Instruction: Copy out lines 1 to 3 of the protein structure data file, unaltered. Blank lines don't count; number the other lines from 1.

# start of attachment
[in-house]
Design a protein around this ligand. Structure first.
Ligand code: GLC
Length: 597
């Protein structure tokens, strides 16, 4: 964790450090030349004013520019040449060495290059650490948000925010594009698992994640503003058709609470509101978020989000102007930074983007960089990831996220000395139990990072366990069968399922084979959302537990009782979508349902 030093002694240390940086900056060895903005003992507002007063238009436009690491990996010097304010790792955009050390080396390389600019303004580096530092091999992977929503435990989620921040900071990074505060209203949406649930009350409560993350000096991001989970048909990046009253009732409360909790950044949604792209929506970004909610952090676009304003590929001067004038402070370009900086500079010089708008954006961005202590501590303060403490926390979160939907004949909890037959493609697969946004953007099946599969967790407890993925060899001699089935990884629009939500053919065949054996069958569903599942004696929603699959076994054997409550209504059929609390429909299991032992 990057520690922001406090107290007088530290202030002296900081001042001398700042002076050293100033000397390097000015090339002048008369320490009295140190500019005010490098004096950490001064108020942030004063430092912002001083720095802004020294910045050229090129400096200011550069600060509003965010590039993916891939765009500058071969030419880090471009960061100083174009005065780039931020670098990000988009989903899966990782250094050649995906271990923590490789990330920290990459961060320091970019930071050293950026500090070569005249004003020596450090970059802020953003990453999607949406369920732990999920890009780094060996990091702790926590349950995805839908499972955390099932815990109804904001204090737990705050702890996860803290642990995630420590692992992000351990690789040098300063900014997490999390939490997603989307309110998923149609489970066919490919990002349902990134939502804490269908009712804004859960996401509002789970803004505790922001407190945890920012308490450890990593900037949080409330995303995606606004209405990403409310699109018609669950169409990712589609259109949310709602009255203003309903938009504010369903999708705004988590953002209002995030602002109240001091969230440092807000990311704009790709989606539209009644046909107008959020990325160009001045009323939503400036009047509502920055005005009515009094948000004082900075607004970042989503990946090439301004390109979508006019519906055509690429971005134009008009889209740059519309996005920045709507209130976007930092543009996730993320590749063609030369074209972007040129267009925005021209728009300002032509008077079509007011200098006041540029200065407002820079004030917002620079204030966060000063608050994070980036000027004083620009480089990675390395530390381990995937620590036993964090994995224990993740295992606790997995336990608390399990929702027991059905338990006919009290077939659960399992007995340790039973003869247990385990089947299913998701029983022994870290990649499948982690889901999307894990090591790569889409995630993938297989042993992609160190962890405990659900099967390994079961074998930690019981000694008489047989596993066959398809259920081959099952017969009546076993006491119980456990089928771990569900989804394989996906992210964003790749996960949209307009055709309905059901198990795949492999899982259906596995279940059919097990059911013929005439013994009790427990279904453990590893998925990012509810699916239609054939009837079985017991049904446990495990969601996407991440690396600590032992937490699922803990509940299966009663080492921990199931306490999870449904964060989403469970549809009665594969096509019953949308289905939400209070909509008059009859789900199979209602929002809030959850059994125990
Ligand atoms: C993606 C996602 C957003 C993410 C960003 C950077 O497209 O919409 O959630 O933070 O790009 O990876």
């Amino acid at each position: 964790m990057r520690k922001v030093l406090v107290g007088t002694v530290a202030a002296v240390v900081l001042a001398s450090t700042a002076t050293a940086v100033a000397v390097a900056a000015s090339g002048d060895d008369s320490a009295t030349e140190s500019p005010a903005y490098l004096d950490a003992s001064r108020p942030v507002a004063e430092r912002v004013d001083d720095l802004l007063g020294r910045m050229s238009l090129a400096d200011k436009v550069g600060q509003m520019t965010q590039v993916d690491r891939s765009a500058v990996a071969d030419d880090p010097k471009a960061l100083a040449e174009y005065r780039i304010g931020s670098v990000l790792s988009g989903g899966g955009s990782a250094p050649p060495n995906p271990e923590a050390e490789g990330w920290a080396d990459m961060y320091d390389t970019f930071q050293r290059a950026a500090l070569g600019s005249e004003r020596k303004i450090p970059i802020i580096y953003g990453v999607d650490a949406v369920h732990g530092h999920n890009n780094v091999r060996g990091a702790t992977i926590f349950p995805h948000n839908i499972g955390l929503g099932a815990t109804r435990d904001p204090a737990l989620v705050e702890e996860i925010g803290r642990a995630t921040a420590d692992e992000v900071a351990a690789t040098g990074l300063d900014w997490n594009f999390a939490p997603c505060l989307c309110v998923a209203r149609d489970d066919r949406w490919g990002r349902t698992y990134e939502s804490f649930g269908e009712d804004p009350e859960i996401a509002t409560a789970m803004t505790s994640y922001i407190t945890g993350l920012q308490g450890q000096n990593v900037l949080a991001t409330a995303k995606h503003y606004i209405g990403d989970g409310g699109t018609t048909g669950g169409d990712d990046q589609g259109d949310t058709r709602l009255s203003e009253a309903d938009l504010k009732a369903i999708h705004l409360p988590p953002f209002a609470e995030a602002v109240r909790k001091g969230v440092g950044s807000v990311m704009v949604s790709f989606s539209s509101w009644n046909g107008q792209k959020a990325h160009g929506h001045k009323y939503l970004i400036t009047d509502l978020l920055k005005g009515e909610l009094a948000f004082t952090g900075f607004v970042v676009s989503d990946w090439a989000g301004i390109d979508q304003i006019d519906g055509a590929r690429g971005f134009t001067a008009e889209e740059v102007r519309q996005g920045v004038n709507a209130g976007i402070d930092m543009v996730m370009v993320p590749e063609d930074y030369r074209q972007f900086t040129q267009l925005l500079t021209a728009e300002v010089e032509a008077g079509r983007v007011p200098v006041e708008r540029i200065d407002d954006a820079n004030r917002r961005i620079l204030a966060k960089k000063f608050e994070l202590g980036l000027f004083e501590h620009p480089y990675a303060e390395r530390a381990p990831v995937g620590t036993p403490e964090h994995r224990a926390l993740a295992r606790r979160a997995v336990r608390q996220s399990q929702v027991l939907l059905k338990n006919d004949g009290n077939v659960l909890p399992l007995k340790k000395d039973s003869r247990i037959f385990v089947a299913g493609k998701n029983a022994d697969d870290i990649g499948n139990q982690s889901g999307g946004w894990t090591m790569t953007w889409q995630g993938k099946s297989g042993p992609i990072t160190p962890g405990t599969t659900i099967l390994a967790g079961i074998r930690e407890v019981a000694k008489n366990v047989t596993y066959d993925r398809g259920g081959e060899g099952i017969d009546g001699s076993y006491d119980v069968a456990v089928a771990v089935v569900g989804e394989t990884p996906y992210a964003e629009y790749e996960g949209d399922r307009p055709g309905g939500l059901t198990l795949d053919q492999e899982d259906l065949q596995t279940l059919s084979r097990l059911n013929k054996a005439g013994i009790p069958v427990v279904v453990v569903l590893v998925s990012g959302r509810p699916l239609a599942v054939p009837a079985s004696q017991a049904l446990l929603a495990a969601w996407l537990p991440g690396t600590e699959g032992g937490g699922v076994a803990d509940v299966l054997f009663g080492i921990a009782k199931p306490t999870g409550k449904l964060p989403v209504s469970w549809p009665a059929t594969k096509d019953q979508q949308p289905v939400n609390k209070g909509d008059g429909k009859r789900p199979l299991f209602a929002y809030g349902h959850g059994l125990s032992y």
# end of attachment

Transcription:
[in-house]
Design a protein around this ligand. Structure first.
Ligand code: GLC